At the International Leadership Association Conference last weekend, I encountered Skye Burns and Doug Banner, founders of the Flow Project, and was reminded of the potentially remarkable work they’re doing to expand the role of artists as leaders and leaders as artists. Their mission is to apply the principles and practices of art in resolving social and cultural challenges. As usual, it was refreshing to encounter their creative thinking, intelligent questioning, and welcoming work. They’re well worth checking out, as theorists and practitioners who shine a light on the impact of the arts on leadership, from the point of view of process.
In this blog, I’ve looked intensively at the ways artists as leaders in the public sphere introduce themes, build community and impact the ways we understand leadership on all levels. What I love about their work is that they are making a place for the artist and artistic process at the table of leadership decision making.
This is the conclusion of Skye Burns paper, originally published in Leadership for Transformation, a volume in the International Leadership Association’s Building Leadership Bridges Series (Jossey-Bass/Wiley, 2011) and posted for download on the Flow Project’s website with the permission of the International Leadership Association.
“Art is a way of knowing. An artist does not know ahead of time what the work will reveal. A work of art that is truly alive captures the spirit of something in the snare of eternity, and part of the beauty in art is the sense of vulnerability evoked by the fragile contrast between the temporal medium and the timeless essence the work embodies.
The Flow Project is a communal work. Many people are contributing in diverse ways to the life of the work, helping the project grow and giving form to the vision. As long as people continue to bring forward new pieces, new aspects of the work will be revealed. It is too early to say exactly where the work will lead or what it will ultimately reveal.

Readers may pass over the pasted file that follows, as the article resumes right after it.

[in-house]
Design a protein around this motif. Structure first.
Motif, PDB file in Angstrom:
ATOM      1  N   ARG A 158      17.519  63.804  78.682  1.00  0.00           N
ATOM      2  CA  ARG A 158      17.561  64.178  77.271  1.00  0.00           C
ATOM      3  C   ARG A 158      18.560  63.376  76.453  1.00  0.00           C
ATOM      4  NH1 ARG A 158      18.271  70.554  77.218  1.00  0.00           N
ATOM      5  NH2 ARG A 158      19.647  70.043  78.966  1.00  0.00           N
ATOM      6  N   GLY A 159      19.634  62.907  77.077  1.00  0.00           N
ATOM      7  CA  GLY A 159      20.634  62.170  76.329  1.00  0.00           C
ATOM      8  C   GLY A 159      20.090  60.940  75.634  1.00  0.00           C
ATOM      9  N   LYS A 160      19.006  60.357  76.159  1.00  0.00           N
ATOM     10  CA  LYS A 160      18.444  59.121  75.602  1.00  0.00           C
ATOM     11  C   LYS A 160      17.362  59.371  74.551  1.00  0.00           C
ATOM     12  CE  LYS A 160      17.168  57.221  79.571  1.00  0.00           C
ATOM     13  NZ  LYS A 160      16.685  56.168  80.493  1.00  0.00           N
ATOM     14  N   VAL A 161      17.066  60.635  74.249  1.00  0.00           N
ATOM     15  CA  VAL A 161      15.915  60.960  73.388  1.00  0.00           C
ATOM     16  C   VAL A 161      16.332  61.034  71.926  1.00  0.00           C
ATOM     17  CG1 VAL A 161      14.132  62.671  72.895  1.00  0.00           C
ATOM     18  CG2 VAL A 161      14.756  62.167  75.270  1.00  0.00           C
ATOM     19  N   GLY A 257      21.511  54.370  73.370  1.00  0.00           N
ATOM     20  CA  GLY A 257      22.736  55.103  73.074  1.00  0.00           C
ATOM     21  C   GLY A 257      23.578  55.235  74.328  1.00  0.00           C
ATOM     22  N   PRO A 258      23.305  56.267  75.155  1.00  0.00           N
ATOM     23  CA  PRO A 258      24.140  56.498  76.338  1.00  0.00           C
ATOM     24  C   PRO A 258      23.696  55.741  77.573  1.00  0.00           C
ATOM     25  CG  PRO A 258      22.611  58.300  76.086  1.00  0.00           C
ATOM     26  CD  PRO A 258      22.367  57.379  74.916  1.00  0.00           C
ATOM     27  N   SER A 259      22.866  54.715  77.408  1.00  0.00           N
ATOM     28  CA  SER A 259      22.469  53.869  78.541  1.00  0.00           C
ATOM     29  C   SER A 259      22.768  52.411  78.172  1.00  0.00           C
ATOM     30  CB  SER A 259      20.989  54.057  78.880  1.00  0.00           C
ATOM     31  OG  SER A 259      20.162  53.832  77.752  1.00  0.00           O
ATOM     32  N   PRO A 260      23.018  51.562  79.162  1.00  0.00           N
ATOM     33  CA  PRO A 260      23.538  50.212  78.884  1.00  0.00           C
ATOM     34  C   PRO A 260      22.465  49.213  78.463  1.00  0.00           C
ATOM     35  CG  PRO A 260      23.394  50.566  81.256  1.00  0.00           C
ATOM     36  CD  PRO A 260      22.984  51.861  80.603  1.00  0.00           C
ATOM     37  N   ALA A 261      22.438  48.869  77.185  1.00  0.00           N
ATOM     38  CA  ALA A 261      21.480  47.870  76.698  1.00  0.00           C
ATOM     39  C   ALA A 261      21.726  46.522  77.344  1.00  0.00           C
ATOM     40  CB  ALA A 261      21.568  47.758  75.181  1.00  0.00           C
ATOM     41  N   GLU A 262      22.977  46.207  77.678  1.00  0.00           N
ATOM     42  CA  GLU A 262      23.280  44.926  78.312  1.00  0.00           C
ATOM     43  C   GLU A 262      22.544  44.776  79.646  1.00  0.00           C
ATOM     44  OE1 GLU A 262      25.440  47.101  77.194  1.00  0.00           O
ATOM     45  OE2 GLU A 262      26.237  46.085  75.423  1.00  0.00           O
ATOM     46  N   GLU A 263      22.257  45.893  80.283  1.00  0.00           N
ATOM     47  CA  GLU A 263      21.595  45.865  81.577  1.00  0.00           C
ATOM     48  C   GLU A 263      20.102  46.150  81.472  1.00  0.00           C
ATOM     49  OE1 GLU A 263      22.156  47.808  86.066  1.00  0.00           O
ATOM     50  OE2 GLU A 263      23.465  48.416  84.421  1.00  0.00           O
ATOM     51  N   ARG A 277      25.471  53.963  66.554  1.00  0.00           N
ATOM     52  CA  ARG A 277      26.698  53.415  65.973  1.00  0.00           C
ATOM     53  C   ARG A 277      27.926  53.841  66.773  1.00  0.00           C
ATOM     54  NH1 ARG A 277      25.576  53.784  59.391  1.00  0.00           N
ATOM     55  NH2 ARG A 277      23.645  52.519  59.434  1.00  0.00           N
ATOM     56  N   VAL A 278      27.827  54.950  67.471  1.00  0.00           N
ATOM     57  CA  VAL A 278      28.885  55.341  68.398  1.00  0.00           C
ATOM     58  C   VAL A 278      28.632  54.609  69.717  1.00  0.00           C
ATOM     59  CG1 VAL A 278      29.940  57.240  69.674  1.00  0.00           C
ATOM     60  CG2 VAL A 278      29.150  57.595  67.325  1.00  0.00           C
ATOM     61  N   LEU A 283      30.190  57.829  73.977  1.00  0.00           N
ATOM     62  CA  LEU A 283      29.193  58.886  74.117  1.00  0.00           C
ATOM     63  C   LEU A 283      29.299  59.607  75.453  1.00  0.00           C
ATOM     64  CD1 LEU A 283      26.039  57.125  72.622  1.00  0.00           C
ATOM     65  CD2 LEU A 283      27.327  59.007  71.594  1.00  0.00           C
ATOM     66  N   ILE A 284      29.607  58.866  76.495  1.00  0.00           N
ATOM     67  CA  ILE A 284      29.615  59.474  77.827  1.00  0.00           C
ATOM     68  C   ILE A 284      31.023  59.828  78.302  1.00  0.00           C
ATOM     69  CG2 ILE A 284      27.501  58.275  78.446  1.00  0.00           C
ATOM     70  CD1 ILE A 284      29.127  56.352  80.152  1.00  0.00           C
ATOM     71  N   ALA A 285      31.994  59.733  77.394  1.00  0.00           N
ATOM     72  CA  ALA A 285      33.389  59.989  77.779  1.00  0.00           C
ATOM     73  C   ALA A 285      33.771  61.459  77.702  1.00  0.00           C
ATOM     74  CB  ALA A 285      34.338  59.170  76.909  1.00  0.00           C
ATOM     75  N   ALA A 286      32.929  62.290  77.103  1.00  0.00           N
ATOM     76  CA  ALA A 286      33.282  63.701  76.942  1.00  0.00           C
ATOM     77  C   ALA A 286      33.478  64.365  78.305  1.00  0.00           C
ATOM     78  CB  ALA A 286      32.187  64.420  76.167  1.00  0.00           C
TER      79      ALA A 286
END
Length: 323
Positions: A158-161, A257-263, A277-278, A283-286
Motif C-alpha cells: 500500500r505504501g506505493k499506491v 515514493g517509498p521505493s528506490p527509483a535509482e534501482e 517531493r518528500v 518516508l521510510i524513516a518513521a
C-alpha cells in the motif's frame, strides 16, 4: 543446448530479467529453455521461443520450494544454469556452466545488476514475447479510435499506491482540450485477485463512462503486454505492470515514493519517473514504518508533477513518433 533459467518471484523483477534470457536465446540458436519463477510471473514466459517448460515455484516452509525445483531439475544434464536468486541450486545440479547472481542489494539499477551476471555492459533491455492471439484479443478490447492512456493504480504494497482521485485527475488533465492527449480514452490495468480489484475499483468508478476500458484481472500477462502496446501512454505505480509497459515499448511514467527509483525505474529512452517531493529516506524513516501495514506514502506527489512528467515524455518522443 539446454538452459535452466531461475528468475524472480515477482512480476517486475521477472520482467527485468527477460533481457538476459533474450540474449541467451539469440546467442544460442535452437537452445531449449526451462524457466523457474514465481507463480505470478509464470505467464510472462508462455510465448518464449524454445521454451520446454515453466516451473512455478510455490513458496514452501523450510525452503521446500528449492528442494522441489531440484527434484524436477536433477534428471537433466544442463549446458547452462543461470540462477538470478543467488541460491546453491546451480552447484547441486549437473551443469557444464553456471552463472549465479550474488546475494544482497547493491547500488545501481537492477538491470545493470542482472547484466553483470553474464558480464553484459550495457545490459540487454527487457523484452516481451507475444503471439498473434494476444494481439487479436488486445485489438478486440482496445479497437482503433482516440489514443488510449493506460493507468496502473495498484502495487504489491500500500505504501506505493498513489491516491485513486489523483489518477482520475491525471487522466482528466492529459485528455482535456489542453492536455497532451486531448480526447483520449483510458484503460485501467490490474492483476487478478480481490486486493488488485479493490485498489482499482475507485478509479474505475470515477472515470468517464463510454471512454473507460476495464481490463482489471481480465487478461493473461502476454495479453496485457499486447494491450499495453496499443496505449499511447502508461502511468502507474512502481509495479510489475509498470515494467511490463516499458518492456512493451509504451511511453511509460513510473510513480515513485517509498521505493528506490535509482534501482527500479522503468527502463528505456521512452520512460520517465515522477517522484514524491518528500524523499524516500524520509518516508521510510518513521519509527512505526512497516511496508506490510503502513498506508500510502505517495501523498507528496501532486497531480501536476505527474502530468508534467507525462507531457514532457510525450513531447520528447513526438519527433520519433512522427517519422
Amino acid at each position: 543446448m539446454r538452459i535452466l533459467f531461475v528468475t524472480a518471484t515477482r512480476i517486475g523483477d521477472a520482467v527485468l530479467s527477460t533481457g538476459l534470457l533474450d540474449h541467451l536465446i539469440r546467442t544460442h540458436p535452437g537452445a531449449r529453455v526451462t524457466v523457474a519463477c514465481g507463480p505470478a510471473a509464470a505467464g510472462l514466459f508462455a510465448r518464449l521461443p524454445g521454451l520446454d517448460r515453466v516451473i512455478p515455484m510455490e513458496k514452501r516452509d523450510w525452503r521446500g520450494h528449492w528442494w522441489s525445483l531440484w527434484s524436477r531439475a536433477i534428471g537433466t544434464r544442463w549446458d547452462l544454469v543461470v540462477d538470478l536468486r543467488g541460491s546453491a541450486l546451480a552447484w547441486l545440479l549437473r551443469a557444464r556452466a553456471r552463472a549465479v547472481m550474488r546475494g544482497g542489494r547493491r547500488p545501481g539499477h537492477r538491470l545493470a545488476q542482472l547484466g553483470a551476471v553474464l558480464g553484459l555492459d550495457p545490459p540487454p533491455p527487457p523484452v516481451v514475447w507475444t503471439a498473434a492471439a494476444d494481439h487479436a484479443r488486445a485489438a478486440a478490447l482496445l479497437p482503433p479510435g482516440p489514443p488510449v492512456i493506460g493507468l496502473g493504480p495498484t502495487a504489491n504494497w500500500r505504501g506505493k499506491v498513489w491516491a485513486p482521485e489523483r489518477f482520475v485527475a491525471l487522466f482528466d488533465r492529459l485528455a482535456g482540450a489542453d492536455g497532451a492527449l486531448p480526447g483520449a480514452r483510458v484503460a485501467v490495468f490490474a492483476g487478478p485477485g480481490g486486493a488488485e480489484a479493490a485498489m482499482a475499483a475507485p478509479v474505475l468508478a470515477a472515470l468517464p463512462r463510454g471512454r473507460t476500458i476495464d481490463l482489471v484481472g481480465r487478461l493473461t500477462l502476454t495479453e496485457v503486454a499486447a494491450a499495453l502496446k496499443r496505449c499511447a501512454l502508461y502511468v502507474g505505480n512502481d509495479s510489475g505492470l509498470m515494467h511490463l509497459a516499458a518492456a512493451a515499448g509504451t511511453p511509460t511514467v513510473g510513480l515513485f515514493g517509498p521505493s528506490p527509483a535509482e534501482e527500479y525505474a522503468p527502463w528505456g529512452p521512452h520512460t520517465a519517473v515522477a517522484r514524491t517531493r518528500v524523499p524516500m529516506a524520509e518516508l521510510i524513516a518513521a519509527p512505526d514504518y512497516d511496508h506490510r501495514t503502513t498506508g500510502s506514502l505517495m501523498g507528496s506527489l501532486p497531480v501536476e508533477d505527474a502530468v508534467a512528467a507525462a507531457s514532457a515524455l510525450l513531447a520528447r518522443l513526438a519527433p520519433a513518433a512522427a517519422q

The one thing that can be said with certainty is the people involved in The Flow Project sense they are “onto something‟ and they are willing to invest their time and energy in The Project because it seems the artists‟ way of knowing may give leaders the ability to see another dimension of the creative challenges humanity faces in the world today, which may enhance our chances of transforming the creative challenges into creative opportunities.”
As Steve Jobs once said, about innovation and problem solving in the aesthetic world of Apple’s leading design teams: “Creativity is just connecting things. When you ask creative people how they did something, they feel a little guilty because they didn’t really do it, they just saw something. It seemed obvious to them after a while. That’s because they were able to connect experiences they’ve had and synthesize new things.
And the reason they were able to do that was that they’ve had more experiences or they have thought more about their experiences than other people. Unfortunately, that’s too rare a commodity. A lot of people in our industry haven’t had very diverse experiences. So they don’t have lots of dots to connect, and they end up with very linear solution without a broad perspective on the problem. The broader one’s understanding of the human experience, the better design we will have.”
We value artists in industry– why not in the halls of government, or the negotiating tables that determine our economic development? Bottom line: leaders who “get” that creative process become better leaders.